Accelerating the TransitCamp community!

Pleased with the validation of having our TransitCamp article published in Harvard Business Review (co-authored by Eli, Jay and I), we were looking for ways to continue to develop the TransitCamp community from that first event exactly 1 year ago. We wanted to spread the idea far and wide. Well, it looks like we’ll have our wish – and on a bigger scale than we were imagining.

On the anniversary of the first TransitCamp, I am excited to announce that Remarkk! Consulting, working with a stellar cast from the TransitCamp and OpenCities communities, has been engaged by Metrolinx (aka, the Greater Toronto Transportation Authority) in order to adapt and extend the TransitCamp community across the vast city-region of the GTA and Hamilton and from transit into all aspects of integrated regional mobility, including roads, bike routes and pedestrian experiences.

What is TransitCamp?

TransitCamp is a solutions playground, not a complaints department. TransitCamp is an open creative community.

As described in the Harvard Business Review article [Sick Transit Gloria], we will use open source tools (including unconferences) to bring together community members from across the GTA and Hamilton to participate in intense, participatory and fun face-to-face and online happenings to reimagine the future of the region’s transportation system. This will be, above all, a community-led experience. While we are helping to build the platforms, it is people passionate about transit and transportation issues in the region who will provide the content.

We were delighted to discover that Rob MacIsaac, Chair of Metrolinx and the Metrolinx planning and communications staff are open to new ideas and approaches. The community will have an unprecedented opportunity to contribute to the future of the region in a very tangible way. Metrolinx is responsible for developing an integrated Regional Transportation Plan in 2008 and is the Ontario government agency responsible for deploying at least $17 billion in new capital to projects across the region.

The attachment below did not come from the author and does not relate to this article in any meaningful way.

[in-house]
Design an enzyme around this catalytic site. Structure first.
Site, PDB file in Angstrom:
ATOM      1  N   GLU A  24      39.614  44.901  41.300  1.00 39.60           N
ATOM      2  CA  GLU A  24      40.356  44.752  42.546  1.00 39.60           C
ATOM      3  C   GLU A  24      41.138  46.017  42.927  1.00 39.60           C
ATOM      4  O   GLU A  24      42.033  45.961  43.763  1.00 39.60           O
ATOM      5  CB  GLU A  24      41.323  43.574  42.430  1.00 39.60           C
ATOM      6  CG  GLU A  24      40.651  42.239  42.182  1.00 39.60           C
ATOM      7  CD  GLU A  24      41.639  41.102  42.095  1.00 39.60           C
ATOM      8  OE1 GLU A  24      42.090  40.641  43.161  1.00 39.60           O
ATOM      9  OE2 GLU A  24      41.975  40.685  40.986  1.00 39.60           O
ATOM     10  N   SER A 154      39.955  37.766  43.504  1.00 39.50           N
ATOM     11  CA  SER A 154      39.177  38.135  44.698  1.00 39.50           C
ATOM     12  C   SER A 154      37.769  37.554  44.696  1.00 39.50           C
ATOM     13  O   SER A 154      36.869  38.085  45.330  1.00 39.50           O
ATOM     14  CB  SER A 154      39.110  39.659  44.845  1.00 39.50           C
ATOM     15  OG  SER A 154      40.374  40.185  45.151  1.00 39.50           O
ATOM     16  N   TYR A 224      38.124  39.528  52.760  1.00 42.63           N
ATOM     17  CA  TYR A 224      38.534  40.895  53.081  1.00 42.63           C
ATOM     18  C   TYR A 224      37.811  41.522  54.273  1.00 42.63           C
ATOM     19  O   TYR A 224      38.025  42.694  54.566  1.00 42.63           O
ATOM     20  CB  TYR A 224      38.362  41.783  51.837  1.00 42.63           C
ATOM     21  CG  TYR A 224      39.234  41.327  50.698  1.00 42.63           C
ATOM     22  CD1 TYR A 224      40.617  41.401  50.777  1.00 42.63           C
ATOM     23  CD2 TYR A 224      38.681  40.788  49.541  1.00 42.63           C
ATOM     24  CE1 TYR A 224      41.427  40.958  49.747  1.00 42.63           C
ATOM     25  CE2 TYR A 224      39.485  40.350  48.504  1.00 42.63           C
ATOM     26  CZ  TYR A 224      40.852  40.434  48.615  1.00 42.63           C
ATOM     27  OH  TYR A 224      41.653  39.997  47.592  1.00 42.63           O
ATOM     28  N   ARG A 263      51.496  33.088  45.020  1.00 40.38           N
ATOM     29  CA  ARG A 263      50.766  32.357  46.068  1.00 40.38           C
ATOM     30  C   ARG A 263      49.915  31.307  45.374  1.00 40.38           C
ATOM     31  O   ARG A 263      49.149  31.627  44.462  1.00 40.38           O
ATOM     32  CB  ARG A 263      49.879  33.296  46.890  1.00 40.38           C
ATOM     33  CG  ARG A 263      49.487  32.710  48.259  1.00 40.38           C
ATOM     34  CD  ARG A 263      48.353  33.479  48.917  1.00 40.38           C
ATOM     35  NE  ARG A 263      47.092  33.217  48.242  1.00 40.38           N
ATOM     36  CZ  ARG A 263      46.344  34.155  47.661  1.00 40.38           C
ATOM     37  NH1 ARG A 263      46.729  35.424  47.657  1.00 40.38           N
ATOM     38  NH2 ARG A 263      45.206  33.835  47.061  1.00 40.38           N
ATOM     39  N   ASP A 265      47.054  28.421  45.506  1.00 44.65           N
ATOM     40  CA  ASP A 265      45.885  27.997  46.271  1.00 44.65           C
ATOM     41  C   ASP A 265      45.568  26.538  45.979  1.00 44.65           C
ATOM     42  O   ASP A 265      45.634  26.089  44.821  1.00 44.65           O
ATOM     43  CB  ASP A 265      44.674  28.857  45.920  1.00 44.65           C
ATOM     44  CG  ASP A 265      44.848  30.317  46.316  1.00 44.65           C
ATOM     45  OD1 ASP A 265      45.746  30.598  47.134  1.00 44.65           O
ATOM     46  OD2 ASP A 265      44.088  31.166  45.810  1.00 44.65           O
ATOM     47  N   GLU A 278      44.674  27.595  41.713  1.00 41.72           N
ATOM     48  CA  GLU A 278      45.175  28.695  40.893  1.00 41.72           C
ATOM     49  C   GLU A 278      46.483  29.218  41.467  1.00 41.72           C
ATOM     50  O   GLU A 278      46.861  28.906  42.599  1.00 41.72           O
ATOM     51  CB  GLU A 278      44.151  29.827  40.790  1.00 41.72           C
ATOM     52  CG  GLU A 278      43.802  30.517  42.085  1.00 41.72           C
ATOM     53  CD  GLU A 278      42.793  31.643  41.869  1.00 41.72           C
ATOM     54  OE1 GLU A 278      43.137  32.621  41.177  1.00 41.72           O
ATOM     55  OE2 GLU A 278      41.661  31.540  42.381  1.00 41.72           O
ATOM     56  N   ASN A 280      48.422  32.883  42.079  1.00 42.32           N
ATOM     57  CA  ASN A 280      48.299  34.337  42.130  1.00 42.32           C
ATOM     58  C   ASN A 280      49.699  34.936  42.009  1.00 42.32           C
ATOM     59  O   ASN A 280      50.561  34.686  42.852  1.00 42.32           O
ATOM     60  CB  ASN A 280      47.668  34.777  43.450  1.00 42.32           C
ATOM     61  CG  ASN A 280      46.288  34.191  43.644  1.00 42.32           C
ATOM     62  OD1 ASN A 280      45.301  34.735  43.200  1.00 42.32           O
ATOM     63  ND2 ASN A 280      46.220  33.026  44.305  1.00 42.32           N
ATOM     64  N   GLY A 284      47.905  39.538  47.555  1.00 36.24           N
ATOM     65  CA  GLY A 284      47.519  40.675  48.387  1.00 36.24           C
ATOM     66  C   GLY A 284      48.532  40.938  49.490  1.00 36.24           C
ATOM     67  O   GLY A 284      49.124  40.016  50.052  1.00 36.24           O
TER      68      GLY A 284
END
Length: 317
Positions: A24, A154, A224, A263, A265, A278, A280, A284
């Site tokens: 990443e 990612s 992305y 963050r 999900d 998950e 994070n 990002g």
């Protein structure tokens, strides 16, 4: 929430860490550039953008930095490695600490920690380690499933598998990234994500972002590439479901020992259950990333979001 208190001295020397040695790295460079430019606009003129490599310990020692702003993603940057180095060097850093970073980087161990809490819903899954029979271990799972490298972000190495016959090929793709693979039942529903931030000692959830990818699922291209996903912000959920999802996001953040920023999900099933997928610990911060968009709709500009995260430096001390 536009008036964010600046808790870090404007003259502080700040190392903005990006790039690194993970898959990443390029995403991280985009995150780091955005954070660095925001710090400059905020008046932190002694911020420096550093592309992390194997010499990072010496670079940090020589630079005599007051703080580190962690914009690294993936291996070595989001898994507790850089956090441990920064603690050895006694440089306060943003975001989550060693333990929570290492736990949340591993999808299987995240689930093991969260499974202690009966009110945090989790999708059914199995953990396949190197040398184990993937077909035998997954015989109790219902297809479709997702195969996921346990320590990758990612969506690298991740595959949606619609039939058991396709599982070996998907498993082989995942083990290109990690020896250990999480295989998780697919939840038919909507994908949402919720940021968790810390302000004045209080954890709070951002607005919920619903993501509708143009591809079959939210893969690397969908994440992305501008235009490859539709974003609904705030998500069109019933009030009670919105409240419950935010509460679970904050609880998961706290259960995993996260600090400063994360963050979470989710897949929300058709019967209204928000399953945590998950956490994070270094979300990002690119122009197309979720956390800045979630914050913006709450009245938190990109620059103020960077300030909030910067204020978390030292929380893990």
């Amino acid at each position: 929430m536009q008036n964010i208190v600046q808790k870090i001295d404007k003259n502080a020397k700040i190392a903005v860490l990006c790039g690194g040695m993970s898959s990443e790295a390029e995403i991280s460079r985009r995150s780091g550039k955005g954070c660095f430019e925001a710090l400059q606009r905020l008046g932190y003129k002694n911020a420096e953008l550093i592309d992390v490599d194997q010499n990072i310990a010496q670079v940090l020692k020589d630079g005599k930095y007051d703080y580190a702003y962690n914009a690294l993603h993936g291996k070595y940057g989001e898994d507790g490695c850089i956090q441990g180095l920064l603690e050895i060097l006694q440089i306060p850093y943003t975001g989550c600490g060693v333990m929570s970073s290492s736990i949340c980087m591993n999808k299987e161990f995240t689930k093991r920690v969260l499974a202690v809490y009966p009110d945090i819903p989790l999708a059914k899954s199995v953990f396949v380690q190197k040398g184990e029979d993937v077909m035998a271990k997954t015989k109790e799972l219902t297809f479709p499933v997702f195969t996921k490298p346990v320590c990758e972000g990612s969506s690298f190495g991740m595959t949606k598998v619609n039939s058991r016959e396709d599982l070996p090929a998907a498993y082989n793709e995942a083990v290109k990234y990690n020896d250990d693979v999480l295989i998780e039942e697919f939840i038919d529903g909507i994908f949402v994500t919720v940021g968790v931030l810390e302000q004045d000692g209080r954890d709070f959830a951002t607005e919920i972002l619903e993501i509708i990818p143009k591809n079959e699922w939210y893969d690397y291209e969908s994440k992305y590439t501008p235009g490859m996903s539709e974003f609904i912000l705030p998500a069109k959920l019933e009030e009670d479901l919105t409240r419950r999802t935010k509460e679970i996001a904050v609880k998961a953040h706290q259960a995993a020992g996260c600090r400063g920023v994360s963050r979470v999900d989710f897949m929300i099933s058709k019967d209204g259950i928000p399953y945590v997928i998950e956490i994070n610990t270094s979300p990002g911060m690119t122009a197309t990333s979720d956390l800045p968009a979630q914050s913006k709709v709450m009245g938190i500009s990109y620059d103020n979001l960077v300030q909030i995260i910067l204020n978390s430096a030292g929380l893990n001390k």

But this is a Camp, so it’s not all serious. We’re also going to have a lot of Campy fun. There will be accordions and chickens and other mayhem.

When is the next TransitCamp?

No date has been set just yet, but we would like to have the next TransitCamp in March. Watch this space! We are planning a series of TransitCamps across the GTA, so we can look forward to doing more than just one event over the coming months.

How do you get involved?

  1. Join the TransitCamp Google Group. You will receive updates from the organizers, and also be able to join the discussion and participate in the design of the unconference experience. (Twitterers can follow here. You can also join the Facebook group.)
  2. Read about the original TransitCamp experience from February 2007. There are many links of interest on this wiki page.
  3. Check out the Regional Transportation Plan papers on the Metrolinx site and start imagining the future.
  4. Participate!

What does participation mean?